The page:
Indian Journal of Medical Research

CORRESPONDENCE
Year
: 2015  |  Volume : 142  |  Issue : 6  |  Page : 763--767

Adrenal reserve in acute exacerbation of non-cystic fibrosis bronchiectasis


Srinivas Rajagopala1, Anantharaman Ramakrishnan2, Anushree Chakraborty3, Ganapathi Bantwal2, Uma Devaraj3, George D'Souza3,  
1 Department of Medicine, Jawaharlal Nehru Institute of Postgraduate Medical Education & Research, Dhanvantri Nagar, Gorimedu, Puducherry 605 006, India
2 Department of Endocrinology, St John's Medical College Hospital,Sarjapur Road, Bengaluru 560 034, Karnataka, India
3 Department of Pulmonary Medicine, St John's Medical College Hospital,Sarjapur Road, Bengaluru 560 034, Karnataka, India

Correspondence Address:
Srinivas Rajagopala
Department of Medicine, Jawaharlal Nehru Institute of Postgraduate Medical Education & Research, Dhanvantri Nagar, Gorimedu, Puducherry 605 006
India




How to cite this article:
Rajagopala S, Ramakrishnan A, Chakraborty A, Bantwal G, Devaraj U, D'Souza G. Adrenal reserve in acute exacerbation of non-cystic fibrosis bronchiectasis .Indian J Med Res 2015;142:763-767


How to cite this URL:
Rajagopala S, Ramakrishnan A, Chakraborty A, Bantwal G, Devaraj U, D'Souza G. Adrenal reserve in acute exacerbation of non-cystic fibrosis bronchiectasis . Indian J Med Res [serial online] 2015 [cited 2020 Oct 19 ];142:763-767
Available from: https://www.ijmr.org.in/text.asp?2015/142/6/763/174572


Full Text

Sir,

Bronchiectasis (BXSIS) is characterized by non-reversible airway dilatation due to a variety of respiratory insults, and a few evidence-based medical therapies exist for the treatment of non-cystic fibrosis bronchiectasis [1] . Acute exacerbations of bronchiectasis (AE-BXSIS) result in episodic worsening of lung function and symptoms [2],[3] . Frequent exacerbations may accelerate decline in lung function and increase in mortality [4] . Goals of therapy in stable bronchiectasis include reduction in exacerbations and improvement in quality of life (QOL) [3] .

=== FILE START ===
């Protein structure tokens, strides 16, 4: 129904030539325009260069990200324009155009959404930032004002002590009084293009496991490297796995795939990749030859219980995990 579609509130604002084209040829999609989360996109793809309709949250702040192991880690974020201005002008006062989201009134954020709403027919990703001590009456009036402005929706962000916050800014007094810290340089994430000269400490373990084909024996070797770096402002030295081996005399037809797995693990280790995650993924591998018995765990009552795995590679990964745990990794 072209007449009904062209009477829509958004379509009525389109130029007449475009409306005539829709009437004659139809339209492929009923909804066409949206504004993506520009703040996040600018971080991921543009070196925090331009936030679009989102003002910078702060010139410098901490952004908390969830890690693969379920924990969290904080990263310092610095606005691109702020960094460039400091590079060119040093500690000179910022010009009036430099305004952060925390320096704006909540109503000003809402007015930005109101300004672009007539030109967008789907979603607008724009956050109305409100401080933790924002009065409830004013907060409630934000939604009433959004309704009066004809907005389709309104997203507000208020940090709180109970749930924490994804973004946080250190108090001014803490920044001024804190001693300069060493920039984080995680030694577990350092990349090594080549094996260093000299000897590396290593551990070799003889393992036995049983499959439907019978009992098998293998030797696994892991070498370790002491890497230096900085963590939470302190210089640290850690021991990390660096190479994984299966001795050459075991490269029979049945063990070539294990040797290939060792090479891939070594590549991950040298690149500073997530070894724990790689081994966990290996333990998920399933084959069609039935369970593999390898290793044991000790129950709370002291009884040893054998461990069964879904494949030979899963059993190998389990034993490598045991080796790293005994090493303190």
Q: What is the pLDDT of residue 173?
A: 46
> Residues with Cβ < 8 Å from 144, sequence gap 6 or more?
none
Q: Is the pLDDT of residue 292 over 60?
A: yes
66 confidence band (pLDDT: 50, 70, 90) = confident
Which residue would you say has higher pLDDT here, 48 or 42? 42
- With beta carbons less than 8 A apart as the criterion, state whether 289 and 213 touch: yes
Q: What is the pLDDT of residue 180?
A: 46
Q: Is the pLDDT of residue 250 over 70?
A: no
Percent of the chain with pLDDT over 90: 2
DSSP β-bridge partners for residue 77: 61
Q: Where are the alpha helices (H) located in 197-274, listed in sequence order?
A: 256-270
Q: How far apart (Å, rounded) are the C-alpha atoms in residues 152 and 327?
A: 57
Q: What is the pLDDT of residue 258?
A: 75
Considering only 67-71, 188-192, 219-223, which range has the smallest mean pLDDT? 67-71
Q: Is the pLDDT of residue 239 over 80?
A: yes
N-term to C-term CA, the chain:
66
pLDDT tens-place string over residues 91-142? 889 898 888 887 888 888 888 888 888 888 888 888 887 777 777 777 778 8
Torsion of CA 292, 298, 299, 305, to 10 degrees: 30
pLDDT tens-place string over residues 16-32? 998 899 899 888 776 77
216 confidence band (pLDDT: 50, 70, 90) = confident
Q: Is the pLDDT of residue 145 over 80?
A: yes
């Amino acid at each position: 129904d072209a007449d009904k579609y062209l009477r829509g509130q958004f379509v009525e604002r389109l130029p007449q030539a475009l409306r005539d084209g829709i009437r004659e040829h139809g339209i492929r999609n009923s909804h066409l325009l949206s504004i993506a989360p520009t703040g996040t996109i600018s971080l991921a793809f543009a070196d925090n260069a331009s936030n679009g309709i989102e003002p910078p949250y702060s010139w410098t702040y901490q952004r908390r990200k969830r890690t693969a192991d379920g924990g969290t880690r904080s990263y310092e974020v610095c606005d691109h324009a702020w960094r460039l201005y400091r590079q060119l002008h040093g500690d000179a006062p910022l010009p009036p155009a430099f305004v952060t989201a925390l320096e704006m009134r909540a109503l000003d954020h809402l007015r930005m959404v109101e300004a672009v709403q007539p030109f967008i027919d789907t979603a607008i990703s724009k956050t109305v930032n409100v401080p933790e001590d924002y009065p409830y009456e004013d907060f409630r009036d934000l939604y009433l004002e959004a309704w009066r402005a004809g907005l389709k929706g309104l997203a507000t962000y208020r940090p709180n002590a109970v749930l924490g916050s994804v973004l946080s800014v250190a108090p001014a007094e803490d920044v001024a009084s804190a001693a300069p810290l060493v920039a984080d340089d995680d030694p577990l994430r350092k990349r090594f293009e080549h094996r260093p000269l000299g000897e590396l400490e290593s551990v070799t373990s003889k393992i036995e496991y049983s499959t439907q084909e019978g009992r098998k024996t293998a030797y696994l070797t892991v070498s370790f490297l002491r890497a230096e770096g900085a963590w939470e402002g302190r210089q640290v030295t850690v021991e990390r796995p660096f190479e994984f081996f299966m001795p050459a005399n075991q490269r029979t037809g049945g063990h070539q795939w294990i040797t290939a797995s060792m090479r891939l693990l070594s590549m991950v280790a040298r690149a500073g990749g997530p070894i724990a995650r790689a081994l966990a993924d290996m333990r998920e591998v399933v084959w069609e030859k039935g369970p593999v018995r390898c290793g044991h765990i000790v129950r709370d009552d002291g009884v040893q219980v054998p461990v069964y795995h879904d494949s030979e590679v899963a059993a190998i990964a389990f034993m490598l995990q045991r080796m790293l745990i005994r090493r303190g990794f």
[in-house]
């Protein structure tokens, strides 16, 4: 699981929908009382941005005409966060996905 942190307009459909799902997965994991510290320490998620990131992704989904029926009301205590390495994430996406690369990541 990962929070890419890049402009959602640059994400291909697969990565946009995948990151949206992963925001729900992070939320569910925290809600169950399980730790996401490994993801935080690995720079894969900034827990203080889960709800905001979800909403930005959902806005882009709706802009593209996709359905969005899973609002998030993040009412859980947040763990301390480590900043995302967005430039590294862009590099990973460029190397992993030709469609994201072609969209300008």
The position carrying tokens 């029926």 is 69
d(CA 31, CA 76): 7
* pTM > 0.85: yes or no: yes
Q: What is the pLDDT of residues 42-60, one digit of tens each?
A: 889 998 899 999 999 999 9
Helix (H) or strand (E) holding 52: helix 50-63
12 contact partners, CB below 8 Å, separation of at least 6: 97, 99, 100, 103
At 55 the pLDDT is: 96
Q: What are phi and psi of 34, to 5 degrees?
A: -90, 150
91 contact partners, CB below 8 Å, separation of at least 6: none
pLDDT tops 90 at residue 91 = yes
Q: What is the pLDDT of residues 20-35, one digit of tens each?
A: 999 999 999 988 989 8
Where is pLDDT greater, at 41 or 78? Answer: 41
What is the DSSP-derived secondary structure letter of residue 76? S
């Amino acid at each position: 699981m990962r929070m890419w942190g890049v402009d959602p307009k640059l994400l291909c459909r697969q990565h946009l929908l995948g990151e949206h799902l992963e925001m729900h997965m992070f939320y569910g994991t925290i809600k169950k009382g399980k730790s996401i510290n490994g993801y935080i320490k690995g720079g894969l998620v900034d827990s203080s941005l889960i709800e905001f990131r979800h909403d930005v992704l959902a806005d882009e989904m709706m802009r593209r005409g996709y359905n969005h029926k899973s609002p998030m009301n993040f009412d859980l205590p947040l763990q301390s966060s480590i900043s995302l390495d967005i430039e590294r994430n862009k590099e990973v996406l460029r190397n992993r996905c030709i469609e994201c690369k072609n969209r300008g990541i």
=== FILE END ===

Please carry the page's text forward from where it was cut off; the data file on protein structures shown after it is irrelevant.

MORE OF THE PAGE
Patients with AE-BXSIS often experience increasing fatigue and expectoration, which significantly impair QOL and work capacity [5] . Increasing evidence suggests frequent adrenal insufficiency in stable bronchiectasis and correlates with symptoms and QOL as measured by the St. George's Respiratory Questionnaire (SGRQ) [6] . In a previous study, we found a similar prevalence of suppressed adrenal responses in patients from south India with stable bronchiectasis [7] . Little is known about adrenal responses during AE-BXSIS and relationship of these to longitudinal responses in stable state; also, the correlation of these responses with fatigue and QOL is unknown. We, therefore, conducted a pilot observational study at the St. John's Medical College Hospital, Bengaluru, India, between April 2009 and February 2012 to evaluate adrenal responses to 1 µg cosyntropin during AE-BXSIS and six weeks after resolution of AE-BXSIS. The study was approved by the Institutional Ethics committee. The inclusion and exclusion criteria for bronchiectasis, study setting and methodology, reason for choice of 1 µg test and cut offs (≤17.5 μg/dl post-stimulation) have been described previously[7] . The aetiology of bronchiectasis was made based on clinical history and appropriate use of testing as per guidelines [1],[8] . AE-BXSIS was defined as subjective and persistent (≥24 h) deterioration in at least four of the following nine parameters: fever (temperature greater than 37.5°C), cough, dyspnoea, haemoptysis, sputum purulence or volume, chest pain, respiratory signs on examination, radiographic signs and systemic symptoms [3],[9] . The details of the enrolled patients are provided in [Table 1]. Five patients (25%) failed to mount a positive response and fulfilled the criteria for adrenal insufficiency (post-stimulation cortisol ≤17.5 μg/dl). Basal cortisol values were not significantly different between patients with and without impaired adrenal reserve (IAR); 30-min post-stimulation values were significantly lower in patients with adrenal insufficiency (P=0.001). Tuberculosis as a cause of bronchiectasis was significantly associated with IAR [ P<0.01 (Fisher's Exact test) [Table 2].{Table 1}{Table 2}